Author: Kristy Pilant
Caring for children is a privilege for those who are called to do it. It is also an enormous responsibility and one that caregivers should be as prepared as possible to undertake. Being able to care for a child in their own home provides a comfortable, familiar environment for the child where they feel safe and secure. However, according to the CDC accidental injury is the leading cause of death in children under 14 in the United States and more of these accidents happen at home than anywhere else. Being certified in CPR and First Aid arms caregivers with the skills they need to act in a timely manner if an accident happens.
The leading reasons children under the age of 4 are seen in the emergency room include falls, being struck by something, allergic reactions, poisoning, burns, and being cut or pierces by something. Although most of these can be seen as preventable, anyone with children knows they are quick, curious, and often times fearless. Accidents can happen even when parents are in the same room with a child. CPR and First Aid training equips nannies and babysitters to immediately respond to these situations and many more and get the child the time sensitive medical help they may need until parents can be notified and get to their child. For parents, knowing their caregiver has these skills gives them piece of mind when they are leaving their children.
Preventing accidents is always the first priority, but in the event they do……and they will……happen, feeling confident in your ability and knowledge to handle the situation is invaluable in keeping the child calm, comforting them and getting them they help they need until mom and dad can be there.
Sign up for a Pediatric CPR & First Aid class today!
Heart disease is the leading cause of death for women in the United States – about 1 in every 4.
Although this statistic shouldn’t shock most women, it usually does. That’s because most women, more than half, don’t realize this scary truth. More women die each year in the US from heart disease than all the cancers combined. Many women think of heart disease as a “man’s disease” even though about the same number of women and men are claimed by it every year. And about 64% of women who die suddenly from a heart attack showed no previous symptoms.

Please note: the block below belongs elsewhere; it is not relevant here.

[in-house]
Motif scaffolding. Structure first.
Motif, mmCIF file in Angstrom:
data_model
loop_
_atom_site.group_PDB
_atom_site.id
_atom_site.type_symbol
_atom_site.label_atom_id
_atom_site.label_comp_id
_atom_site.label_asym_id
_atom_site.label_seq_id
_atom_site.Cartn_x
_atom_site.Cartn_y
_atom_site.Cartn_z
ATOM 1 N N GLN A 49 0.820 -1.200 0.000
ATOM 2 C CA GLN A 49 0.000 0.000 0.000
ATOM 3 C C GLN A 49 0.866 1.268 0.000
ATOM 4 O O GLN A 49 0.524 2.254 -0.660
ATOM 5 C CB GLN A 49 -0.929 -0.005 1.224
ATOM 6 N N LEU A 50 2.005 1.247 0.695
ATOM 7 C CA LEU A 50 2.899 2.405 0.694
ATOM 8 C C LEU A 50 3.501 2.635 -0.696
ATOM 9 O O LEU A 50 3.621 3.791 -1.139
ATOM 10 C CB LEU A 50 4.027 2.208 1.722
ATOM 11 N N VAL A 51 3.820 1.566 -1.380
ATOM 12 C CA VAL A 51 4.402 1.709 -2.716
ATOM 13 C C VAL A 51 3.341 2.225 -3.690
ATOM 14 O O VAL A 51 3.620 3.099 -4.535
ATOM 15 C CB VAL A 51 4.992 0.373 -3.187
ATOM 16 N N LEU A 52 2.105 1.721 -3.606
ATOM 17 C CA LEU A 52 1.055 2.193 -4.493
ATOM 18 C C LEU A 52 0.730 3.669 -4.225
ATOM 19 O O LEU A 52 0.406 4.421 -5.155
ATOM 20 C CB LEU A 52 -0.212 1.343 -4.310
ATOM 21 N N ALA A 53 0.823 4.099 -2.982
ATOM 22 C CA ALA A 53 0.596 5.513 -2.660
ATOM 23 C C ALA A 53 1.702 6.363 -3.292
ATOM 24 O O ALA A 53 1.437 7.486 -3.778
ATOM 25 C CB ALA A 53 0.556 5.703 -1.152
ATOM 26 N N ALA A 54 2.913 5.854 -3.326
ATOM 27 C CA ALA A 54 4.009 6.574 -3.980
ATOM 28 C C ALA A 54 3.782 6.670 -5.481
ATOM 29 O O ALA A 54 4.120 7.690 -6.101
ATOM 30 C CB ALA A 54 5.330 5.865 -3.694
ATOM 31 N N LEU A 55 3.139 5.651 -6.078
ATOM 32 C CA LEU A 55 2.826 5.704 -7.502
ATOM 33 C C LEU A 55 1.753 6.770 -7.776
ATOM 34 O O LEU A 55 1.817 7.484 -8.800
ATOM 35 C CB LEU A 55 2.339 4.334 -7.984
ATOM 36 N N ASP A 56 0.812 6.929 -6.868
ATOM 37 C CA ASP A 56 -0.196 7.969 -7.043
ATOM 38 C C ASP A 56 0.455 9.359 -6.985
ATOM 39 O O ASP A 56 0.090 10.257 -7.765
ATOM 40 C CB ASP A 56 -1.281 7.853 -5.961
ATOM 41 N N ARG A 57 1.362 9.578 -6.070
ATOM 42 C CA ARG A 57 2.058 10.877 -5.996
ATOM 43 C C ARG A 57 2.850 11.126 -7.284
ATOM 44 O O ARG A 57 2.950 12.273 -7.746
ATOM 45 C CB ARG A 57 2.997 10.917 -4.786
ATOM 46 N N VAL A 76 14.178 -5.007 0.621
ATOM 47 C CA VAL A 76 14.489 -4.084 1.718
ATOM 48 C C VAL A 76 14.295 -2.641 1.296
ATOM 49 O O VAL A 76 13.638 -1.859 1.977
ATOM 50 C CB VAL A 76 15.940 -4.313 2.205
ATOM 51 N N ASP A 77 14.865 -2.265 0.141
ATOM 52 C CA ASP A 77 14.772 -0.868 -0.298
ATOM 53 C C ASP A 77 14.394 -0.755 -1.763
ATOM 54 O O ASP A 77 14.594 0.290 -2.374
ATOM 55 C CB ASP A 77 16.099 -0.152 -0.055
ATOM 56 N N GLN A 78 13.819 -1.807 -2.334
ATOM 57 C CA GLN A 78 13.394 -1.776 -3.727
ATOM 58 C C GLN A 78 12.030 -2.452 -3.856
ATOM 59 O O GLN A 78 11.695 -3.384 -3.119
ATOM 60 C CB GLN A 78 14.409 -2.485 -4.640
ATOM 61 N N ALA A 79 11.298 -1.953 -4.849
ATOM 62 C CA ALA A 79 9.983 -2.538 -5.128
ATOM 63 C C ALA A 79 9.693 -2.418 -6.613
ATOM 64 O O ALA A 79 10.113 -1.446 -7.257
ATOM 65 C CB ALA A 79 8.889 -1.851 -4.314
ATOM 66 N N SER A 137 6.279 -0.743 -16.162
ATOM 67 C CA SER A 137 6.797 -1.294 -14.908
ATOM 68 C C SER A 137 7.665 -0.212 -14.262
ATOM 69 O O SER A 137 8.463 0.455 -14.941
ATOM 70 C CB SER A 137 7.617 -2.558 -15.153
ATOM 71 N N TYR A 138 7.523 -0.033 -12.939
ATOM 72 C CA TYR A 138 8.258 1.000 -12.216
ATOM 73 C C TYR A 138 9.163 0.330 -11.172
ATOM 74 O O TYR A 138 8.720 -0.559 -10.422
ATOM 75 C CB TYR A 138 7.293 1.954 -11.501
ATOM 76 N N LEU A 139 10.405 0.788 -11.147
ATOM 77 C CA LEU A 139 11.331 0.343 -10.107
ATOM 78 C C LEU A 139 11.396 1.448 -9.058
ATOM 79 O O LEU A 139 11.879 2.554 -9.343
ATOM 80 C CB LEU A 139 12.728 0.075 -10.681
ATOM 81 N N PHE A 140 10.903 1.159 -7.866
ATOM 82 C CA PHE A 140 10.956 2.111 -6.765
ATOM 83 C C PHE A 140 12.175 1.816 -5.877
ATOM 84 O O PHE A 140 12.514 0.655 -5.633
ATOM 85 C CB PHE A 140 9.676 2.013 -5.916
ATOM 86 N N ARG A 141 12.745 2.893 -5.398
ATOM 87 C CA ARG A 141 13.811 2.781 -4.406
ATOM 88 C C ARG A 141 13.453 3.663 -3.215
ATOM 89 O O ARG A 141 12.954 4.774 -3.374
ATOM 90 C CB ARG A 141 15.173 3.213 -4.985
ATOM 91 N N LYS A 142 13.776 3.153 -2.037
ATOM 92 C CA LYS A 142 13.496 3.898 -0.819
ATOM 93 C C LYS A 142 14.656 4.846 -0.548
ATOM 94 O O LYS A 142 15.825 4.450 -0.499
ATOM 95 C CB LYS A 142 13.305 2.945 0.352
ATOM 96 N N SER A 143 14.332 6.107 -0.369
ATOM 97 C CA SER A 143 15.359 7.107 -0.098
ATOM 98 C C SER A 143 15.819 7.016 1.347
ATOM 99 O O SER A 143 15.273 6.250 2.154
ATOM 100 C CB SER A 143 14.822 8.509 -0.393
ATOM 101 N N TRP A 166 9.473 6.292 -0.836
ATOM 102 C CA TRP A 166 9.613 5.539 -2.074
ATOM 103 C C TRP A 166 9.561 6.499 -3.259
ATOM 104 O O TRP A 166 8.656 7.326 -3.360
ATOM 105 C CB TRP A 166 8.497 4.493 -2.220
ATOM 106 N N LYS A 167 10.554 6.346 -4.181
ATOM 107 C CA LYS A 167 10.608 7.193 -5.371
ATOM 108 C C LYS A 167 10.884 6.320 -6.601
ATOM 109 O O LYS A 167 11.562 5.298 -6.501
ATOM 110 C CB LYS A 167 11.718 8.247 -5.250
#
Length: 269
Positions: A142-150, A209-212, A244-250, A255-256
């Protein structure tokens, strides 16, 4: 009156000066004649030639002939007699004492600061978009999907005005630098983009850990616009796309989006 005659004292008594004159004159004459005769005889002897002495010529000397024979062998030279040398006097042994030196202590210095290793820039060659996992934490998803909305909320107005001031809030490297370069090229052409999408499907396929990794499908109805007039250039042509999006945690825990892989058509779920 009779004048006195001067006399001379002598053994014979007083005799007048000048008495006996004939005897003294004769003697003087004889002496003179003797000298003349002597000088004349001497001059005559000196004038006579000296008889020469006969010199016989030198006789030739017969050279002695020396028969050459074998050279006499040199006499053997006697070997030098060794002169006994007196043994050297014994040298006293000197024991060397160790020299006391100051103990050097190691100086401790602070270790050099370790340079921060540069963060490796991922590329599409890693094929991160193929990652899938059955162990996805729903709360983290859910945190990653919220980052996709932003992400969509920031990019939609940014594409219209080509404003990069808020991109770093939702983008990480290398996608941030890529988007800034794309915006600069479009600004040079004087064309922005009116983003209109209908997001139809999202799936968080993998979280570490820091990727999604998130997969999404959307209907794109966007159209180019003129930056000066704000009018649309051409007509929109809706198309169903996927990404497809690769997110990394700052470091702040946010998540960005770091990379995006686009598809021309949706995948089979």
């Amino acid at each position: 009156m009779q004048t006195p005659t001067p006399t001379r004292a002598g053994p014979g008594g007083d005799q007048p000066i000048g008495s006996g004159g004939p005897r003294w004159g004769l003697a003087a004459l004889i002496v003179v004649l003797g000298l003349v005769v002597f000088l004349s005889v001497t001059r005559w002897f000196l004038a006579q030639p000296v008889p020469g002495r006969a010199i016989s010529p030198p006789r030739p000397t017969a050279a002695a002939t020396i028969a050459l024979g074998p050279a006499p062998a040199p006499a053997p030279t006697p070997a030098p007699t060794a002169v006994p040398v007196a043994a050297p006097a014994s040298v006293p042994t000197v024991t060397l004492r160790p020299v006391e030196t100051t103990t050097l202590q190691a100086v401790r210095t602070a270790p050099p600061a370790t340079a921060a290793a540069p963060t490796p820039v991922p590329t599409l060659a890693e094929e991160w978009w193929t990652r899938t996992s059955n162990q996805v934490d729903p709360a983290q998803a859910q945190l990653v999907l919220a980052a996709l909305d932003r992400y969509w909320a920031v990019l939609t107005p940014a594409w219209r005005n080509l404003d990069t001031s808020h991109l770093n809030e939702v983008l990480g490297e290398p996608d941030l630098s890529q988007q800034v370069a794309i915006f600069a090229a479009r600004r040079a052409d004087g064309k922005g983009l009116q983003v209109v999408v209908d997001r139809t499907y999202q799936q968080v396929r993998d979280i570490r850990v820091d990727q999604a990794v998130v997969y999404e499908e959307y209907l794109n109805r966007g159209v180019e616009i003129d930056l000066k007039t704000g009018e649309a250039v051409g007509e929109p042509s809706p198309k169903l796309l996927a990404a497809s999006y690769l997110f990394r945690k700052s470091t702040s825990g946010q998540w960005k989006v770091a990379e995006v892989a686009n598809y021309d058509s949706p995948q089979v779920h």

Awareness of the severity of this epidemic has to change for lives to be saved. Knowledge is power and knowing the risk factors and symptoms is key.
Risk factors include:
- High Blood Pressure
- High Cholesterol
- Family History
Controlling these risk factors often means hard changes in lifestyle and diet but surely they are better than any of the results of a heart attack or stroke.
Paying attention to symptoms is another important step. As women, we are often likely to disregard or minimize symptoms, but this is our body’s way of trying to tell us to get some help. And although women often experience chest pain, other symptoms for women are easy to overlook.
- Extreme Fatigue
- Jaw, neck and shoulder pain
- Lightheadedness and clamminess
- Nausea and indigestion
You know your body ladies. Pay attention and listen to what it is trying to tell you. We have to take care of ourselves before we can take care of anyone else. Women can be a powerful force to reckon with especially when they get behind a cause, so we need to encourage each other to learn as much as we can, educate others, and make changes.
For more information about heart disease in women visit:
So you had the opportunity to take a CPR class that was offered at work. You come out of the class feeling pretty confident about your skills …..30:2, head-tilt-chin-lift, chest rise…..got it! Glad you know it, hope you never have to use. But now it is a year down the road. The certification is good for two years but you’ve already forgotten some of what you learned. If someone suddenly collapsed in front of you would you feel comfortable acting? If you don’t remember everything from you class would you do more harm than good?
This is a common concern for many people who have been trained in CPR but not had real world practice. According to the American Heart Association, when interviewed , bystanders said panic was the major obstacle in performing CPR. This was one factor that led to the AHA releasing updated guidelines in 2010 that allowed for the option of Hands-Only CPR. . Hands-Only CPR is CPR without the mouth-to-mouth breaths. It consists of 2 easy steps:
- Call 9-1-1
- Push hard and fast in the center of the chest
Studies reviewed by the AHA reported that adults who experienced cardiac arrest and received Hands- Only CPR were more likely to survive than those who didn’t receive any type of CPR. Simply stated, doing something is better than doing nothing! The easy to remember Hands-Only technique may help remove barriers for people who want to help but feel unsure of their ability. So don’t let fear inhibit your ability to help save a life. Take action and make a difference.
For more information about Hands-Only CPR you can visit the America heart Association website